Congress passed legislation Thursday to impose economic penalties against Syria (search), reflecting broad agreement among lawmakers that Syria has been a detriment to the fight against terrorism in the Middle East and Iraq.

President Bush is expected to sign the bill even though he is not enthusiastic about such restraints on his foreign policy. The measure requires the president to act if Syria does not make significant steps to reverse its tolerance and support of anti-American forces.

The House voted 408-8 in favor of a Senate-amended version of the legislation that, at the urging of the White House, gives the president greater leeway to waive the punishment on the basis of national security.

"The Syrian regime has the blood of Americans on their hands," said Rep. Ileana Ros-Lehtinen (search), R-Fla. Administration officials agree, she said, that "Syria is on the wrong side of history and now it is time for it to suffer the consequences."

Syria long has been on the State Department's list of state sponsors of terrorism, along with North Korea, Sudan, Cuba, Iran and Libya. But Syria is the only country on that list to have full diplomatic relations with the United States.

Awarding normal relations to Syria never made any sense, said Rep. Eliot Engel (search), D-N.Y., a lead sponsor of the bill. Congress is saying to Syria in the legislation that "the time is up ... we are not coddling you any more," Engel said.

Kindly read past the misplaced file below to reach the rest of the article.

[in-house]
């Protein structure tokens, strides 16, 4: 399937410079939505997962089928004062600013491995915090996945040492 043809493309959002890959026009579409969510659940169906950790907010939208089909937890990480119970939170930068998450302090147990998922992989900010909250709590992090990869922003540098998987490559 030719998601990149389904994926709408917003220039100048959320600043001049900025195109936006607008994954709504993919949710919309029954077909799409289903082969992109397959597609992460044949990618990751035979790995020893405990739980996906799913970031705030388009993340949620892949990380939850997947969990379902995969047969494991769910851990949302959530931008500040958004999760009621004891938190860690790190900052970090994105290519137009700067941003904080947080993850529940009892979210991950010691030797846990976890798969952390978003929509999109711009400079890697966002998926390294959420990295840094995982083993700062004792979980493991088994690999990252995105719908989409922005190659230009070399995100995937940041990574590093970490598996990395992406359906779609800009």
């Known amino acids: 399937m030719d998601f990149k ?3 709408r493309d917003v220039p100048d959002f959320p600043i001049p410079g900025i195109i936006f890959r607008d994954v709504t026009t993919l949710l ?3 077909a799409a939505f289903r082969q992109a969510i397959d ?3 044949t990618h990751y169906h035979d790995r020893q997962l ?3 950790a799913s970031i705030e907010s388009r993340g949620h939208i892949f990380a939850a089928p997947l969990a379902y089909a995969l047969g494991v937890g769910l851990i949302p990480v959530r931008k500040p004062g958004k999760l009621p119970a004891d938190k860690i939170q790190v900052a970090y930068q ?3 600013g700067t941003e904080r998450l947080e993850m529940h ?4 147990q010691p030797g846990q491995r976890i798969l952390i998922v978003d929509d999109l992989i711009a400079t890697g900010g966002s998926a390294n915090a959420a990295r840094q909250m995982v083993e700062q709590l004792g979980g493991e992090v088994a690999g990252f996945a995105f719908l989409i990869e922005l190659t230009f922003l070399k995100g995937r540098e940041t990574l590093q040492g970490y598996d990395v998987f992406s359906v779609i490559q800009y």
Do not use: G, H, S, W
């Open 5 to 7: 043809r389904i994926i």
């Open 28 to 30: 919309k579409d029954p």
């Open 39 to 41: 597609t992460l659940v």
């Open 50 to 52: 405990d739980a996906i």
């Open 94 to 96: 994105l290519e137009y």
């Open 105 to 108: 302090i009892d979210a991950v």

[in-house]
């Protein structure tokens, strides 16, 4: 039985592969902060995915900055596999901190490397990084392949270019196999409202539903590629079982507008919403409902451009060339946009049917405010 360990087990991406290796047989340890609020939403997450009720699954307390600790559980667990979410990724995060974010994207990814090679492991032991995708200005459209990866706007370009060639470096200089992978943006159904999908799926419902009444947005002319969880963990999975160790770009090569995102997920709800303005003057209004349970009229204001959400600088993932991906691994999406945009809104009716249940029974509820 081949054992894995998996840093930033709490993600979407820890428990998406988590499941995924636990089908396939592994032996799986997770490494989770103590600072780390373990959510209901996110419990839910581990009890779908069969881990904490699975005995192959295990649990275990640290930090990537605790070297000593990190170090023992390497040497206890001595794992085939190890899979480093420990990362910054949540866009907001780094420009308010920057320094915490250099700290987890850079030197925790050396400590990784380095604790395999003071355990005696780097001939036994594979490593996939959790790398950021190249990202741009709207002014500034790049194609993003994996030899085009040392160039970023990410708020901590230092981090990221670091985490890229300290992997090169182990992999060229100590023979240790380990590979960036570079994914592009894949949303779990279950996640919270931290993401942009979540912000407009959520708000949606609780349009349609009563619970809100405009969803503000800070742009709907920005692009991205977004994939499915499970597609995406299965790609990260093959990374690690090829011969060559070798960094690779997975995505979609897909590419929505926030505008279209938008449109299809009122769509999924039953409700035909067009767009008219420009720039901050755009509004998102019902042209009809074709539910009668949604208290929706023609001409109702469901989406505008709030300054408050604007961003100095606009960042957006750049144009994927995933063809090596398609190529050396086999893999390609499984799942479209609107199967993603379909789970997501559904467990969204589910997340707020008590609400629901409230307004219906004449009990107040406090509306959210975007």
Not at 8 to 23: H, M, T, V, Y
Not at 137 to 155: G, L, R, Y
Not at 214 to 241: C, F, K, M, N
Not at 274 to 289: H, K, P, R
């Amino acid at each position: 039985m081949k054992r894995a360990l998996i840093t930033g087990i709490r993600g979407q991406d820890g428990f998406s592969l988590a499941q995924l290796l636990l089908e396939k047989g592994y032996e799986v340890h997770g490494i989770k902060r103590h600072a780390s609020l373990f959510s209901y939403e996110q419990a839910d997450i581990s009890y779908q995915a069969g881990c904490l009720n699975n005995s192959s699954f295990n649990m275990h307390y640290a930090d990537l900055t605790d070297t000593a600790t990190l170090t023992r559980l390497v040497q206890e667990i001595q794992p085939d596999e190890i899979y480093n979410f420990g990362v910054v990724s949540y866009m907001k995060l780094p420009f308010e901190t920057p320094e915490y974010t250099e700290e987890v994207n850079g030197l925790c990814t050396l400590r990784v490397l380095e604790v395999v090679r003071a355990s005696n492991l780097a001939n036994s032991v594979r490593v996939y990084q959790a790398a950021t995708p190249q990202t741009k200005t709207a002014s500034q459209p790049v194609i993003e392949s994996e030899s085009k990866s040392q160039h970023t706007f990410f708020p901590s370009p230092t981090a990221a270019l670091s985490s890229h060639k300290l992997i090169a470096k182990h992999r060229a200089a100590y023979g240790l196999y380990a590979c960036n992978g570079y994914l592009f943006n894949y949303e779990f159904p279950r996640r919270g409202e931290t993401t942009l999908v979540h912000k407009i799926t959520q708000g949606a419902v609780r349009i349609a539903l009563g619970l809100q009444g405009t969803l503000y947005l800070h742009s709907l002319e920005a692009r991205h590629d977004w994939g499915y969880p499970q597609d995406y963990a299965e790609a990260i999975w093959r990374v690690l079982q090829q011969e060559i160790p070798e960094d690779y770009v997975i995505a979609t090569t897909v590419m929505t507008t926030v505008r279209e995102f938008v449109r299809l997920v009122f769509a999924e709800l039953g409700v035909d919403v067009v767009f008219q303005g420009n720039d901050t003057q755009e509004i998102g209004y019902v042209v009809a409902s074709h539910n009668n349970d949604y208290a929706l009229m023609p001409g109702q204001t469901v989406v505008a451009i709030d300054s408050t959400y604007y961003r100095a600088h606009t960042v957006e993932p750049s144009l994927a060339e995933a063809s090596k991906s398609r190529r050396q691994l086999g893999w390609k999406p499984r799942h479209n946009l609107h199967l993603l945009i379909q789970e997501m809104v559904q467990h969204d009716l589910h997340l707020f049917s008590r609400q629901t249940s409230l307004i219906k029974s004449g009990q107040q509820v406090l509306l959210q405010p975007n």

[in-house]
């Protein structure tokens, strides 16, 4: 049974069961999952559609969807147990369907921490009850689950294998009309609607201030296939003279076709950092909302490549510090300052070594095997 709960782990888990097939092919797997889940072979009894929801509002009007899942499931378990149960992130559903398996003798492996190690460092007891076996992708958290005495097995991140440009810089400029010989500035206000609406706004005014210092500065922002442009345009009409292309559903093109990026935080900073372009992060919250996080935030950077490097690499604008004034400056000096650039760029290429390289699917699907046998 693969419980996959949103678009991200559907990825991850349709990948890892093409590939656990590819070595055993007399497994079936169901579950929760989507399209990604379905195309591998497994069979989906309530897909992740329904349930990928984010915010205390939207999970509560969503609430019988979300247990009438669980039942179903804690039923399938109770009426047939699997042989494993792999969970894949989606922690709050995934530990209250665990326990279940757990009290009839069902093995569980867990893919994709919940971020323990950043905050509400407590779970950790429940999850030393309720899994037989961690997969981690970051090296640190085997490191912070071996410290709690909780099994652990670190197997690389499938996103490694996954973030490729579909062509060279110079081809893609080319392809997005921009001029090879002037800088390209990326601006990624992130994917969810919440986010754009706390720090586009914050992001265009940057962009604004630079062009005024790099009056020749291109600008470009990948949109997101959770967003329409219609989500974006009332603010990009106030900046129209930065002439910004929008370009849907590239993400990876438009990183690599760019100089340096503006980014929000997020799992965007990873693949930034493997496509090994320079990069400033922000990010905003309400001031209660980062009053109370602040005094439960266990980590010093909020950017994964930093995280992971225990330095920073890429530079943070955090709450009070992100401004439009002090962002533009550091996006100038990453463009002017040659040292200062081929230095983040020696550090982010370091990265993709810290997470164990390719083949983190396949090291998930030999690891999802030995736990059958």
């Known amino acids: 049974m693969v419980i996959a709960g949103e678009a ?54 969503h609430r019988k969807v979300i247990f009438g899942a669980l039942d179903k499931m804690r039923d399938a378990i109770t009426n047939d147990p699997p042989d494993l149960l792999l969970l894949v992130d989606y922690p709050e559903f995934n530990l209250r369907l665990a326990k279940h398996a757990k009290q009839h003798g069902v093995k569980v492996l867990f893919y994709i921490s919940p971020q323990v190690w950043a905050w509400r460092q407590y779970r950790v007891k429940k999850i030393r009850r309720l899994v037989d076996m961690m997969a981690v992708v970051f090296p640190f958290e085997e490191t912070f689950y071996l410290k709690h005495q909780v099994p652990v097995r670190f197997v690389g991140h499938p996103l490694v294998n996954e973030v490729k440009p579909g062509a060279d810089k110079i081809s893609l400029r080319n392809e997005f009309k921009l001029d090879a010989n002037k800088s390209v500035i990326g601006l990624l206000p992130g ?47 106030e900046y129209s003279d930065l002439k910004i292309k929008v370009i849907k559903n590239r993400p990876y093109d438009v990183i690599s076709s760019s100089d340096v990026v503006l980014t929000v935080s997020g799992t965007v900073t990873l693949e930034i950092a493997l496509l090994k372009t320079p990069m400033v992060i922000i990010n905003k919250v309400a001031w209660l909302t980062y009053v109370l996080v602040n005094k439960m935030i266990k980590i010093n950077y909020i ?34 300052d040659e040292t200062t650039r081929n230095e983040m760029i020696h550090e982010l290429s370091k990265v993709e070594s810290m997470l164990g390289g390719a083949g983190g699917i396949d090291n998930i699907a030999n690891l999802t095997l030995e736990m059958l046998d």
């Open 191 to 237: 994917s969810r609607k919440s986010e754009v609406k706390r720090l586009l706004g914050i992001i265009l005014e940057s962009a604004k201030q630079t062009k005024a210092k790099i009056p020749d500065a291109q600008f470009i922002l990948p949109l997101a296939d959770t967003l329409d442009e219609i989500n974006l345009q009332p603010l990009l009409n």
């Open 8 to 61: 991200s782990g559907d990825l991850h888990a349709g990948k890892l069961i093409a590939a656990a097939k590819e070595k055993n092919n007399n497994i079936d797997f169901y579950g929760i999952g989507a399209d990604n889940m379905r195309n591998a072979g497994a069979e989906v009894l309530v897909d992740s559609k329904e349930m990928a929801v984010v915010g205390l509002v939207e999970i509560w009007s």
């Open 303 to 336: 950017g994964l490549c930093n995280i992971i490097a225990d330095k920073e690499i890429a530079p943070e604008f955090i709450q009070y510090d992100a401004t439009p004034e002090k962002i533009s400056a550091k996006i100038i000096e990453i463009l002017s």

U.S. officials acknowledge that Syria, at Washington's prodding, has taken steps to prevent anti-American terrorists and weapons from crossing its border with Iraq. But lawmakers said the Damascus government has fallen short in numerous other areas.

Deputy Secretary of State Richard Armitage (search) agreed, saying that when Secretary of State Colin Powell visited Damascus in May "he made it very clear to President Assad and his colleagues that they had come to a fork in the road. ... They didn't choose to take the right one."

The legislation notes that Syria has provided a safe haven for anti-Israel terrorist groups such as Hamas and Islamic Jihad and is accused of pursuing the development and production of biological and chemical weapons.

It states that Syria must end its support of terrorists, terminate its 27-year military presence in Lebanon, stop efforts to obtain or produce weapons of mass destruction and long-range ballistic missiles and interdict terrorists and weapons from entering Iraq.

If Syria fails to meet those conditions, the president must ban sales of dual-use items, which can have both civilian and military applications.

He also must impose at least two out of a list of six possible penalties: a ban on exports to Syria, prohibition of U.S. businesses' operating in Syria, restrictions on Syrian diplomats in the United States, limits on Syrian airline flights in the United States, reduction of diplomatic contacts or a freeze on Syrian assets in the United States.

The original House bill gave the president waiver power for the two sanctions. The Senate, in approving the bill last week by an 89-4 margin, added an amendment that extended the national security waiver to include dual-use sales.

The Bush White House and its predecessors have made liberal use of waivers in the past to avoid disrupting diplomatic links with other nations, and sanctions on Syria would likely have greater political than economic effect. Bilateral trade with Syria amounts to only about $300 million a year.

There was no immediate comment from the Syrian Embassy in Washington, although Syrian officials have warned that it would damage America's overall standing in the Middle East.